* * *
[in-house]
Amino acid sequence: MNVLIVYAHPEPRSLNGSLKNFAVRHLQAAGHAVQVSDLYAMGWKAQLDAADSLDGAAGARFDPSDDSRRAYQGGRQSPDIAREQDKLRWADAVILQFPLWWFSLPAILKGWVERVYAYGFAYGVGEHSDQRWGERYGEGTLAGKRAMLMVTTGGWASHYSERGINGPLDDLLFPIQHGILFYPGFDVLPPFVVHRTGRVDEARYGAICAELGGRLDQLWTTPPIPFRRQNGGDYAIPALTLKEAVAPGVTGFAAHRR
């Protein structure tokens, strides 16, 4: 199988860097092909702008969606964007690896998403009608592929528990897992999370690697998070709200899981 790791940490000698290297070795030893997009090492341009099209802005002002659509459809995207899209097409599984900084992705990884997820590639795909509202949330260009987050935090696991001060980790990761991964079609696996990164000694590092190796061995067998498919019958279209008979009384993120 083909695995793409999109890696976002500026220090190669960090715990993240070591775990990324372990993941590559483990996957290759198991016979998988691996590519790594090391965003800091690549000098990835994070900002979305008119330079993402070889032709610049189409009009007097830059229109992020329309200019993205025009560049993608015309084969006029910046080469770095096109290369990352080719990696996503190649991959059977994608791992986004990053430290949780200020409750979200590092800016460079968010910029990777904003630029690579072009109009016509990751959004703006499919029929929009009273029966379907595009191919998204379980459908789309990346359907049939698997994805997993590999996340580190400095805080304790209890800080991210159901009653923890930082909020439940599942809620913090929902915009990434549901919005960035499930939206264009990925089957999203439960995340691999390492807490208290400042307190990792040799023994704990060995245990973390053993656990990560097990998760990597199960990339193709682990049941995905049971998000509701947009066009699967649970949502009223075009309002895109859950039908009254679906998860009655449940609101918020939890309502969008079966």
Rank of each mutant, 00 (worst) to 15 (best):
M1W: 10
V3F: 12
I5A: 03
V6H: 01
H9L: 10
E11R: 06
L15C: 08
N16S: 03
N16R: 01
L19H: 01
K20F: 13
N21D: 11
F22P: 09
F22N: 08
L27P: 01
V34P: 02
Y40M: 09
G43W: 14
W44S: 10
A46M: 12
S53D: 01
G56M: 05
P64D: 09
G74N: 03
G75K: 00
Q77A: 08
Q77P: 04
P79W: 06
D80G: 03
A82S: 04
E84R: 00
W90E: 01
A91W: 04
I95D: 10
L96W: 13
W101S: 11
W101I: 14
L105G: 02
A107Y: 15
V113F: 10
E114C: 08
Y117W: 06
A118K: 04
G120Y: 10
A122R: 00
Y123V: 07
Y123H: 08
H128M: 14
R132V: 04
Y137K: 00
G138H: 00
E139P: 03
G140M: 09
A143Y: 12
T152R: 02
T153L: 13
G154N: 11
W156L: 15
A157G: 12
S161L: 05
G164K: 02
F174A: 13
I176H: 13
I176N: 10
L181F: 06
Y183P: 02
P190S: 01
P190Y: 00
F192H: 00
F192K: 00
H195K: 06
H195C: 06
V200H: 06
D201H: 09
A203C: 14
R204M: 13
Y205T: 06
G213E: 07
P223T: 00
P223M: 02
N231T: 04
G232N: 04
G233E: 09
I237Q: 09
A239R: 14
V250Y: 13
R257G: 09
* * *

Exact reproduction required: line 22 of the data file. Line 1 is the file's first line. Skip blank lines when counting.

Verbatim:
G43W: 14